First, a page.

•Tenants of land holdings faced 3 types of problems.
1.High rent of the tenancy lands
2.Lack of security and time the owner could ask the tenant to vacate the tenancy
3.The tenant could not become the owner of the land which he was cultivating.
-Agriculture was backward. – many tenants lost their tenancy became landless labourers.
-After independence laws were passed to confirm ownership to the tiller under ‘TILLER IS THE OWNER OF THE LAND’.
Ceiling on land holdings:-
the Zamindari system one could own any amount of land. This had created
inequality and hardship to the farmers. To overcome this and achieve a
fair distribution of land, maximum area of land , which a farmer can
own is fixed. It has resulted in fair distribution of land among the
farmers & many have become the owners of the land.
• The maximum limits on land holdings in Karnataka are :-
•fully irrigated land 4 to 8 hectares
•partly irrigated land 8 to 12 hectares
•dry land 21.85 hectares
Creation of economic holdings
economic holding is one which allows the farmer a chance of earning
sufficient income to support himself and his family in reasonable
comfort after paying necessary cultivation expenses.
Progress of co-operative farming:-
•The farmers form co-operative societies for the purpose of cultivation.
•All the land is brought together & management is vested in the co-operative society.
•All the farmers work in the farm for which they get their wages
•At the end, after setting a portion of profit for permanent land improvement, the proceeds are shared among the farmers.
•Punjab has made progress in this regard.
Agricultural Labour & its welfare Some of the measures taken to improve the living conditions of the agricultural labourers are:
labour = workers who work in farms for wages of small cultivators who
own very small holdings and work in the fields of other people.
•Their problems are:
•Engaged in agricultural work only for a few months
•Weak and illiterate
•Not specialised or not skilled in any one particular work.
•Abolition of bonded labour
•Fixation of minimum wages
•Creation of employment opportunities during non-agricultural seasons
•distribution of free houses and house sites
•distribution of surplus land acquired through land reforms
•Starting industries in rural areas
•loans at low rate of interests, etc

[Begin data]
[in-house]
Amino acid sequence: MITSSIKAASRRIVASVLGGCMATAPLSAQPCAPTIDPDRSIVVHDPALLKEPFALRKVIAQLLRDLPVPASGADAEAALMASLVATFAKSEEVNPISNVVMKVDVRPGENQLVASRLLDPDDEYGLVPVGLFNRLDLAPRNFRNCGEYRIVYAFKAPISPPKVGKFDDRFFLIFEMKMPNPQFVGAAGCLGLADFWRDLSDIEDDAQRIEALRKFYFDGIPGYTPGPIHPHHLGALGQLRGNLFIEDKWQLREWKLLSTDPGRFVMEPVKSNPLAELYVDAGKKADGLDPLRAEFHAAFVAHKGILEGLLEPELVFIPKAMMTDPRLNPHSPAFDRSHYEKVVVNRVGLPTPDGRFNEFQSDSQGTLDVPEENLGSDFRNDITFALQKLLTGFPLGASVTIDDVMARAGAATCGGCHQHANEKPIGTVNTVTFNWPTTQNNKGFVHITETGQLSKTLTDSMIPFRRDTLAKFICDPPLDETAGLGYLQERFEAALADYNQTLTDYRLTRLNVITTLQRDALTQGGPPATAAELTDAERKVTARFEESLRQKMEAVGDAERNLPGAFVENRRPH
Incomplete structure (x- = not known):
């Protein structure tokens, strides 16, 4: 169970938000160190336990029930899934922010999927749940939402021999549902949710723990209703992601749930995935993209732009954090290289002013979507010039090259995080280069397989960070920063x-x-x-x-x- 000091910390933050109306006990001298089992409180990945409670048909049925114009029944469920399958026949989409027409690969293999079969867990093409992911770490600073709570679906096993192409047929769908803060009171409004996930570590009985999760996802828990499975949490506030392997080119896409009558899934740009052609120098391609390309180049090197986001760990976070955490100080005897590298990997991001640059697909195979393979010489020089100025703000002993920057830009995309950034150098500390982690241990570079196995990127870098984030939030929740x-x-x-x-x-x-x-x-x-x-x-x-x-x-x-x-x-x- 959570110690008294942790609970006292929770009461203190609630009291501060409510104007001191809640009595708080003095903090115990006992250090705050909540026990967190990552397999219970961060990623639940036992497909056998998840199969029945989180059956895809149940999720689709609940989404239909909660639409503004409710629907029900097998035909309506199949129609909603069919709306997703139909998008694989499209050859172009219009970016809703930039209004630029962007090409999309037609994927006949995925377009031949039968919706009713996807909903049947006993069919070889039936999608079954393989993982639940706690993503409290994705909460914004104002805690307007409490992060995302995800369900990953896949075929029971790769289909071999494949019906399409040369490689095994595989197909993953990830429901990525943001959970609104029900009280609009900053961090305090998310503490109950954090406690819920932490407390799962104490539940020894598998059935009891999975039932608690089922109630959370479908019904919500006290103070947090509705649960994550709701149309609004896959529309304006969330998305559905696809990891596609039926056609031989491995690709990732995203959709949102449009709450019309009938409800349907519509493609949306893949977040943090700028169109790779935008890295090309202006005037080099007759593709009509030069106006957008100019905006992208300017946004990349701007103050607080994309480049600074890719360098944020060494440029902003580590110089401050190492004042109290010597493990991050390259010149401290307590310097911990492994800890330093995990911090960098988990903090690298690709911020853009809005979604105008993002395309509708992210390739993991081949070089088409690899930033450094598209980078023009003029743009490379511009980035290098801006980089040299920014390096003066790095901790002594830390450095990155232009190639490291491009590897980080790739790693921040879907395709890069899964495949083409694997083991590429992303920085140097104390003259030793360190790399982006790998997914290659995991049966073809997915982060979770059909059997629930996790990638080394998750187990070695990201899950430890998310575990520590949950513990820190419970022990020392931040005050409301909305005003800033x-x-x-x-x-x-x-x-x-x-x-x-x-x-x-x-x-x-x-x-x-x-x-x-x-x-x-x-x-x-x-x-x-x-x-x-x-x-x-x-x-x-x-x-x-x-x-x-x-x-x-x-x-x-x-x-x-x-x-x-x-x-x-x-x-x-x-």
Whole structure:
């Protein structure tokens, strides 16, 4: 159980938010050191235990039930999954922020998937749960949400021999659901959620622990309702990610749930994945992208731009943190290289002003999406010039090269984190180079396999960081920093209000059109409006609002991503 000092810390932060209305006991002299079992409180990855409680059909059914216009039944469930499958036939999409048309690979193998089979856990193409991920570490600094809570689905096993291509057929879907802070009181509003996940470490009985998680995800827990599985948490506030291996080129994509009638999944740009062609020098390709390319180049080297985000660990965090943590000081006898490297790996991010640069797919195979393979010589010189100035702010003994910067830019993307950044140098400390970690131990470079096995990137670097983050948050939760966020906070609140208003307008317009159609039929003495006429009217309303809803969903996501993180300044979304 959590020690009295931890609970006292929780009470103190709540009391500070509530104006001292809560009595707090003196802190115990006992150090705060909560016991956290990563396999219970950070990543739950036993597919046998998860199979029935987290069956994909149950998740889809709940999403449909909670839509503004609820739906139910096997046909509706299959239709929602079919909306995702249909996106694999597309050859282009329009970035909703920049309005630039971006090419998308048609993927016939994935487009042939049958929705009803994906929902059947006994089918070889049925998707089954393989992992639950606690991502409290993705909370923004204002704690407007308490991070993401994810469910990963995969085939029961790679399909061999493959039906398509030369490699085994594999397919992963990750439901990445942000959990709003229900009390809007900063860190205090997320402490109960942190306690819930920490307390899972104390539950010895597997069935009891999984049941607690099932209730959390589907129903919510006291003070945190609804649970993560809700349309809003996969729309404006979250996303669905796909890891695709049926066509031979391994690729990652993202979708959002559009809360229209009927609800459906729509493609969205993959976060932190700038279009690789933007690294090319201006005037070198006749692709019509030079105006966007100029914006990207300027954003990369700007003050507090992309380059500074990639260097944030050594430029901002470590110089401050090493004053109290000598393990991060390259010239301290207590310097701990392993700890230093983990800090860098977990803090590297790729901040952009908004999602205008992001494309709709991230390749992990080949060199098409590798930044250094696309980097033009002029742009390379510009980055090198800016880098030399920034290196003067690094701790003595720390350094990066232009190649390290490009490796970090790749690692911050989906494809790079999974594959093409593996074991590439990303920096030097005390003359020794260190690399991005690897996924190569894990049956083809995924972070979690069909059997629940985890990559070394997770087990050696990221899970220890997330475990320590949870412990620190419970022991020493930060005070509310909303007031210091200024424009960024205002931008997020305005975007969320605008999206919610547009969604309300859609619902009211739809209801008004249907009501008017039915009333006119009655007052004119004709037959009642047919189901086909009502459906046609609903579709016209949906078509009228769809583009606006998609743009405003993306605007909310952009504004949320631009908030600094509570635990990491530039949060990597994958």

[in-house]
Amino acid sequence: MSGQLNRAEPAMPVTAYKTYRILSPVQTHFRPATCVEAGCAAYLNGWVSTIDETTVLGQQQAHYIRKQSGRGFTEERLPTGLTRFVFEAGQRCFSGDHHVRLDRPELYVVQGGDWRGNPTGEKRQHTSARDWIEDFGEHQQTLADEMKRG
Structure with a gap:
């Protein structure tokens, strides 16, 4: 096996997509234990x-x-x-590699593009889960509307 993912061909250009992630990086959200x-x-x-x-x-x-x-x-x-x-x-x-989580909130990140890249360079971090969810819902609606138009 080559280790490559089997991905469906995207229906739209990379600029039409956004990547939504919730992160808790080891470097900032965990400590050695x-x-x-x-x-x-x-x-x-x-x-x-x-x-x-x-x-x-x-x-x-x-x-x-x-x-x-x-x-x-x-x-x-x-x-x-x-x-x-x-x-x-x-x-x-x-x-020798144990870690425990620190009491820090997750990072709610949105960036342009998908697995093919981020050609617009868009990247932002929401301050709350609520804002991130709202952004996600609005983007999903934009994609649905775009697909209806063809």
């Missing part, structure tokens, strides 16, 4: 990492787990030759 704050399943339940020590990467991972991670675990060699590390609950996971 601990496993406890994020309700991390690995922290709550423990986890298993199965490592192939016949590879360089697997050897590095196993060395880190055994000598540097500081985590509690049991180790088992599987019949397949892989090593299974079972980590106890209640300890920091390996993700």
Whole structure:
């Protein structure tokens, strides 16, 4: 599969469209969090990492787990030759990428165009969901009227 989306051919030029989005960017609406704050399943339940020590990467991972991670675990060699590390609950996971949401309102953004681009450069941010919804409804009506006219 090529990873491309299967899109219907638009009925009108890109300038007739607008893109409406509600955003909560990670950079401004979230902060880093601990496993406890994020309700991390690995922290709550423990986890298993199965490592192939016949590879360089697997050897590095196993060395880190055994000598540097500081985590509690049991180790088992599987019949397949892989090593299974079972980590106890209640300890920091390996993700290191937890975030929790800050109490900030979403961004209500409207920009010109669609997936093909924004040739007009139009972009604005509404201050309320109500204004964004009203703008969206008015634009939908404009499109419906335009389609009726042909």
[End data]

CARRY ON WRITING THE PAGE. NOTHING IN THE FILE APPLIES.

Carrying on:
TYPES OF FARMING
•INDIA – vast country – various climatic patterns and geographical conditions
•So different types of farming
•TYPES OF FARMING:
a. Intensive subsistence farming
b. Primitive subsistence farming
a. Extensive commercial farming
b. Plantation farming
c. Mixed farming
•FARMERS producing exclusively for his own consumption.
•There is no surplus left for sale
•In India, agriculture is still of the subsistence type.
•This involves cultivations of food crops like rice, wheat, and pulses.
•As farmer and his family consume the entire farm produce, there is no surplus production to sell in the market.
a.Land holdings are small and scattered
b.Farmers use traditional methods of agriculture
c.Output is not very high and it is consumed within the family
d.There is never surplus for the market
INTENSIVE SUBSISTENCE FARMING:-
chiefly in overpopulated ‘land-hungry regions of South Asia especially
India, Bangladesh, Sri Lanka, Pakistan and Myanmar
•This type practised in the irrigated areas of the plains of the northern India and the coastal areas of South India
•Very small size holdings due to laws of inheritance and population pressure
•Farming done intensively to get maximum yield
•More than one crop is cultivated -Double cropping, crop rotation and multiple cropping are practised
• labour intensive -Human and animal labour
•To increase the output, rich manure and fertilizers, good quality seeds and irrigation facilities are used.
is dominated by wet paddy cultivation though wheat, millets, pulses,
jute, sugarcane, oilseeds and cotton are also grown
PRIMITIVE SUBSISTENCE FARMING:-
•Called Jhumming or Shifting agriculture – takes place in forest areas where in some parts, trees are cut and burnt and agriculture is carried on.
growing and reaping the crops for a few years, the land loses its
fertility and farmer shifts agriculture to some other place.
•Shifting cultivation results in soil erosion & gives low yield.
& BURN AGRICULTURE: involves burning the area to clear off the
forest and finally unburnt trees are hacked out or left to decay
•Practised in the bacward areas by tribal people who have no knowledge of scientific or environment ways of farming.
•Primitive tools are used
•Few crops like cassava, manioc, yarns, tapioca, millets, upland rice and bananas are grown
•Crops are left to grow on their own and no irrigation or fertilisation is provided
•Not environmentally friendly method due to deforestation and burning increases the level of greenhouse gases